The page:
it leads off its season of 1875-76 with a total failure. "La Filleule du Roi," the music of which is by M. Vogel, turns out to be very poor. The Renaissance must rest on its laurels till the production of Lecocq's new operetta of "The Little Bride." A grand dramatic enterprise, having for its aim the encouragement of the highest form of dramatic writing in France, has been started by M. Laforêt, the theatrical critic of La Liberte. The new organization will take possession of the Salle Ventadour, and will play on alternate nights with Rossi, who only performs three nights a week. Among the new plays promised are "Madame de Maintenon," by François Coppée; "Les Mères Ennemies," by Catulle Mendés; and possibly a new one-act piece in verse entitled "Le Glaive," by no less a personage than Victor Hugo himself. Nearly thirty-three years have elapsed since the great poet last gave a new drama to the French stage, "Les Burgraves," produced at the Comédie Française early in 1843, being the work in question. It is whispered that Victor Hugo is arranging his "Cromwell " for the stage, with a view of having Rossi enact the principal part. In its present form "Cromwell" fills a good-sized volume, and never was presented on any stage, notwithstanding the assertion of the Athenæum, in its number of October 23d, that "Cromwell' was the play which over forty years ago inaugurated the romantic drama."
M. Henri Houssaye, the son of M. Arsène Houssaye, is to espouse to-morrow a young Californian belle, Miss Ritter, at the church of St.-Philippe du Roule. The young lady is said to be a very beautiful blonde. Readers of the Tribune may perhaps recall the romantic story, as set forth by M. Arsène Houssaye | in the pages of that journal about a year ago, of his son's betrothal to a lovely Italian princoss-a love-affair quite à la mode américaine
love at first sight and all the rest of it. Is the bridegroom of to-morrow the late fiancé of the Italian princess, or only his brother? Who can tell us? LUCY H. HOOPER.
his argument still in mind, our readers may find it of interest to learn of some of the signs by which the presence of cranial weakness, or rather unsoundness, may be determined. These we find given in an extended review of Dr. Wynter's recent work, entitled the "Borderlands of Insanity," from which we condense as follows: It not unfrequently happens that unsoundness of brain is known or recognized only by the possessor, who often finds himself at war with certain promptings which seem leading him to act against his own positive convictions of right and duty. As illustrative of this phase of insanity, the following letter from a patient to his adviser is given: "I am not conscious of the decay or suspension of any of the powers of the mind. I am as well as ever I was to attend to my business. My family suppose me in health, yet the horrors of a mad-house are staring me in the face. I am a martyr to a species of persecution from within which is becoming' intolerable. I am urged to say the most shocking blasphemies. Thank God that I have been able to resist, but I often think I must yield at last and be forever disgraced and ruined." In this instance, we have an exaggerated case brought forward to illustrate what may not be an unusual experience; should it be recognized by any reader, let him take comfort in the fact that the chief danger lies in the present condition, and that, so far as insanity prevails, it is that of the present to be controlled rather than any more serious development to be feared. The famous Bishop Butler is said to have been engaged in such a conflict all his life.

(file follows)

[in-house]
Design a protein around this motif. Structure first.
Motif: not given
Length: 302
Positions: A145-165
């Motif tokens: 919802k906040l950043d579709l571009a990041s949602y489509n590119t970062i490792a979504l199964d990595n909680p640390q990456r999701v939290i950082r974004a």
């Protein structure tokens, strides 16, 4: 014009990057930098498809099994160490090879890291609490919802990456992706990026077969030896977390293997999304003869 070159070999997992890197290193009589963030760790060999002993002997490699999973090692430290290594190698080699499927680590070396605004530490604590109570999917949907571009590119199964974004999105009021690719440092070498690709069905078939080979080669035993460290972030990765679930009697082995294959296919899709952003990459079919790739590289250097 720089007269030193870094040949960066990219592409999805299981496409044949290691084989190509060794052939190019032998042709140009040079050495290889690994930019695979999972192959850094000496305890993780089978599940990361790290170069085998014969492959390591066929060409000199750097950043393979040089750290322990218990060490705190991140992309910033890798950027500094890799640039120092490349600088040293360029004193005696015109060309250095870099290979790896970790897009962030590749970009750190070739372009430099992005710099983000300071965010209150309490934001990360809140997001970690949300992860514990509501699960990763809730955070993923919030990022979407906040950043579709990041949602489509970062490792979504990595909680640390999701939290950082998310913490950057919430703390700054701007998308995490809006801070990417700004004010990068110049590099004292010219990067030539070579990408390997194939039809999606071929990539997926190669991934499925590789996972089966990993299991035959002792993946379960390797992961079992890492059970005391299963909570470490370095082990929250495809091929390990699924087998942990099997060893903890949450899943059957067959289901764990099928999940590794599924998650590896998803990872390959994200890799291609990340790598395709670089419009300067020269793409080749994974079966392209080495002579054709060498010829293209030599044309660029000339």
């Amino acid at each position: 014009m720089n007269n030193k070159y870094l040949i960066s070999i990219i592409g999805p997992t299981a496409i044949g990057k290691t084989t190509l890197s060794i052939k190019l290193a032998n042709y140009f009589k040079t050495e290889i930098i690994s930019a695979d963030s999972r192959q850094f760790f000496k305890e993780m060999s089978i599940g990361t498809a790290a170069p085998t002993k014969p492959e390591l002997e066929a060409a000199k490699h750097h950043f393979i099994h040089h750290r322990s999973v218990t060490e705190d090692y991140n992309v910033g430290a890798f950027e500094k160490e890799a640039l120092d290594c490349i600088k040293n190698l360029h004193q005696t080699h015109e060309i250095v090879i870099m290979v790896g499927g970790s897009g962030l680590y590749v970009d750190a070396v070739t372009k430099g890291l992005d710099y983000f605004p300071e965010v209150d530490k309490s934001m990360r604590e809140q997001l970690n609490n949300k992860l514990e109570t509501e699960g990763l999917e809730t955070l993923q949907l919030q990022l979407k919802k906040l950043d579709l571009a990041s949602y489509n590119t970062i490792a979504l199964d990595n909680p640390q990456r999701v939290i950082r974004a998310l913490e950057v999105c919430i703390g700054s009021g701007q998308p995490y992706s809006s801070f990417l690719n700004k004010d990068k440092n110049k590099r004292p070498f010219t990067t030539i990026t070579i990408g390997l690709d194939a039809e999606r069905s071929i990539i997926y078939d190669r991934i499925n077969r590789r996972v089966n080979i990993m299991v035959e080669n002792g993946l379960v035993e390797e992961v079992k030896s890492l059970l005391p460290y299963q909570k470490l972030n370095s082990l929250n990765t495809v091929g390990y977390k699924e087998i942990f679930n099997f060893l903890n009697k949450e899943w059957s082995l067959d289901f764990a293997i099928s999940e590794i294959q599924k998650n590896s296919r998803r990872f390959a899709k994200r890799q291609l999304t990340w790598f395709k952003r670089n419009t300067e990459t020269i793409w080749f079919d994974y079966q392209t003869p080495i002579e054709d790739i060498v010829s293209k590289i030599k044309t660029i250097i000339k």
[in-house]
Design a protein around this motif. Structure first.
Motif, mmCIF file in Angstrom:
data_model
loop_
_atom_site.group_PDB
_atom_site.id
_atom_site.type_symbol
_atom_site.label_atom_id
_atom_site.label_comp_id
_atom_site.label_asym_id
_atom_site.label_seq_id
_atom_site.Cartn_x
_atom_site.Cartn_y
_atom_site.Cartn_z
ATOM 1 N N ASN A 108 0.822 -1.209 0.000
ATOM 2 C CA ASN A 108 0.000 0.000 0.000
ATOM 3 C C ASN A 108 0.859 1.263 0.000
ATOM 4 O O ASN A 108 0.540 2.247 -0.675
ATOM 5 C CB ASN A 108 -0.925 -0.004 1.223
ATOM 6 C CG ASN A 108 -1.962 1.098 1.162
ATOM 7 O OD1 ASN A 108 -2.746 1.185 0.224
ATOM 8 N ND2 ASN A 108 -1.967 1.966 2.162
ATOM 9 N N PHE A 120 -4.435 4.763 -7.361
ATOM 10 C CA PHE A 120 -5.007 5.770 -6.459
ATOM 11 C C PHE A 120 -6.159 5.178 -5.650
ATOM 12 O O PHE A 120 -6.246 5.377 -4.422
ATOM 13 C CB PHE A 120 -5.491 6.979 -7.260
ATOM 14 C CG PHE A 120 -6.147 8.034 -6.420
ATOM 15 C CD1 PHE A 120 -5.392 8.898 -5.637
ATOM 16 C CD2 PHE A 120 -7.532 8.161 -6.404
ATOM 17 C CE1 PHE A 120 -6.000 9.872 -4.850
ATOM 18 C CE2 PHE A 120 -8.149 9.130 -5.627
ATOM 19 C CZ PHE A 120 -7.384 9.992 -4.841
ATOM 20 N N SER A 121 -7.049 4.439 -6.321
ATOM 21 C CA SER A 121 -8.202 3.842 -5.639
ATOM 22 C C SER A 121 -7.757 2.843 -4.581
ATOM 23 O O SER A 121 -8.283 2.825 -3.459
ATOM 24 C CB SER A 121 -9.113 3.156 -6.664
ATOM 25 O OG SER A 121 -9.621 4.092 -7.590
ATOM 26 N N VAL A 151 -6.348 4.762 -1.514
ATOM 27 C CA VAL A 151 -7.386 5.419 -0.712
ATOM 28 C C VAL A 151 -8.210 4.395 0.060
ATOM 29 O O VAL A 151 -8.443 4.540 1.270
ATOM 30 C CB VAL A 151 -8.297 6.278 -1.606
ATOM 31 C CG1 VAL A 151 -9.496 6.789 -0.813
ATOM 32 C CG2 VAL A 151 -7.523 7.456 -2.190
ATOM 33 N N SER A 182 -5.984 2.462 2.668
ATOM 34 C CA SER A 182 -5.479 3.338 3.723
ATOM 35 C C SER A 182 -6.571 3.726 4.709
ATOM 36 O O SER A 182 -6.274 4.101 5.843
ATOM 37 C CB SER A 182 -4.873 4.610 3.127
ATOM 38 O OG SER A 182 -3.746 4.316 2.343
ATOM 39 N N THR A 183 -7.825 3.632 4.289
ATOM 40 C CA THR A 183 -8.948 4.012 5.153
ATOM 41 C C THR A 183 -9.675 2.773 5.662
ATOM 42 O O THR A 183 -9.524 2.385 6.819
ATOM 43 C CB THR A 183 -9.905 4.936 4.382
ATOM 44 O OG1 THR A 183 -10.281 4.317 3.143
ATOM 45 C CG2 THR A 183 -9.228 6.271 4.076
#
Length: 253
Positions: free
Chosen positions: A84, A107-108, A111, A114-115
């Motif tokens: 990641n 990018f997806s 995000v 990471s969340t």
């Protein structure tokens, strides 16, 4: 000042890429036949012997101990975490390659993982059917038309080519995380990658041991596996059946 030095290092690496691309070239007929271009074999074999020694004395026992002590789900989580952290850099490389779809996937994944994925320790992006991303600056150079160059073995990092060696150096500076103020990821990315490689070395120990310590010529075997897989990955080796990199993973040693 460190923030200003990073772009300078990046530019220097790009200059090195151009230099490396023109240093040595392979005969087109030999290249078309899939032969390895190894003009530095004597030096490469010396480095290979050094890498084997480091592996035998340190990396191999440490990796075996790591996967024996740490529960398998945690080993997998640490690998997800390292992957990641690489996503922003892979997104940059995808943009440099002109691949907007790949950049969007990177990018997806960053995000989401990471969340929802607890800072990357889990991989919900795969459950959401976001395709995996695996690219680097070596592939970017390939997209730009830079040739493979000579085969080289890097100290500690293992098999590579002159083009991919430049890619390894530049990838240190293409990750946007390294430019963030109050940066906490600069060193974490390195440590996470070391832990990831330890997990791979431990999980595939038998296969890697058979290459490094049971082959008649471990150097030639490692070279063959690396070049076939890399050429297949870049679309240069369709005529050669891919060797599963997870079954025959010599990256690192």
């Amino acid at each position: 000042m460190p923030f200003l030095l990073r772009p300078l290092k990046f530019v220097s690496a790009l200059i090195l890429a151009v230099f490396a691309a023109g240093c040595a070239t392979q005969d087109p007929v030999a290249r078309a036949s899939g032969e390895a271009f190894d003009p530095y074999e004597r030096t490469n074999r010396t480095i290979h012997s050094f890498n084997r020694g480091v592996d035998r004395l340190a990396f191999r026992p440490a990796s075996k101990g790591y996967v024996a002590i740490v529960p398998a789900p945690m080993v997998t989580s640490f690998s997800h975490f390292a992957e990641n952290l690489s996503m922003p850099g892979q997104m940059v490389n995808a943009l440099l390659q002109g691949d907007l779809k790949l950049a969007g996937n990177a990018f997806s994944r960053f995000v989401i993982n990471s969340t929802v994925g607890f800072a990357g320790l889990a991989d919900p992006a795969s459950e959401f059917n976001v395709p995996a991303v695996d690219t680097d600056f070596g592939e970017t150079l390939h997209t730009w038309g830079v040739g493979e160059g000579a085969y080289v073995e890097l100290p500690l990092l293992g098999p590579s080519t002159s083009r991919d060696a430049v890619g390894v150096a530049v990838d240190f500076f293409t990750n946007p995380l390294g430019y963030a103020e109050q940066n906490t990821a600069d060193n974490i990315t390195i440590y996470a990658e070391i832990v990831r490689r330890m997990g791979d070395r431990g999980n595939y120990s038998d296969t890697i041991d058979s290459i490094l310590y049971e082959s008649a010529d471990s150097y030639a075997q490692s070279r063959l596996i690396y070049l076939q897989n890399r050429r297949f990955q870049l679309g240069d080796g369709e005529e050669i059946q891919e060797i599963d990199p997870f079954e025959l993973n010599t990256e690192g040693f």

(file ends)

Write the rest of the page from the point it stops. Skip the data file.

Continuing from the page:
A less serious though equally discomforting phase of this weakness is that which induces us to act or speak in inappropriate or uncalled for ways, as when Charles Lamb burst out laughing at a funeral. Allied to this are the two failings now classified as diseases under the names "kleptomania" and "dipsomania," evidence of which is shown by an uncontrollable desire for the property of others, and for the gratification of a passion for drink.
With the acts of kleptomaniacs we are all familiar, and it is said that victims of dipsomania have been known to drink shoe-blacking, turpentine, and hair-wash. Sometimes, we are told, these two forms of mania are seen coexistent in the same person under very odd circumstances, as of one man who, when drunk, always stole Bibles, another spades, and a third who invariably purloined a tub. Of a more general and prevalent character are such signs of mental disorder as the following: an undue exaltation of the senses, as of the patient who could hear the least sound in a distant part of the house, or tell the hour by his watch at a distance at which he could not ordinarily see the hands. Still more common are such symptoms as loss of memory, deterioration in handwriting, the use of wrong words in conversation which Mr. Grant White calls "heterophemy"—and the failure to remember certain numbers, or particular letters, or the termination of words of which the initial letter is well known. If the writer be justified in classing these peculiarities as among the symptoms of mental unsoundness, the reader will not find it hard to admit his own weakness, and the plea for "universal insanity" will
the Palais Royal; "Le Baron do Valjoli" Science, Invention, Discovery. command a more willing acceptance.
st the Gymnase, and "La Filleule du Roi"
t the Renaissance. The first-named is very musing, and was a great success. It treats f the absurdities of a would-be politician, tho fancies that he has been made a prefect. One of the bon-mots of this character (deightfully personated by Geffroy) has already ecome proverbial. When studying up the
Advancing still further, we are given many interesting and very curious examples of special peculiarities. Thus, in a case of yellow fever, the patient, a master of three languages, spoke with a different tongue at different stages of the attack. As one instance, from many in which the sufferer from brain-lesion after a long period of forgetfulness took up the recol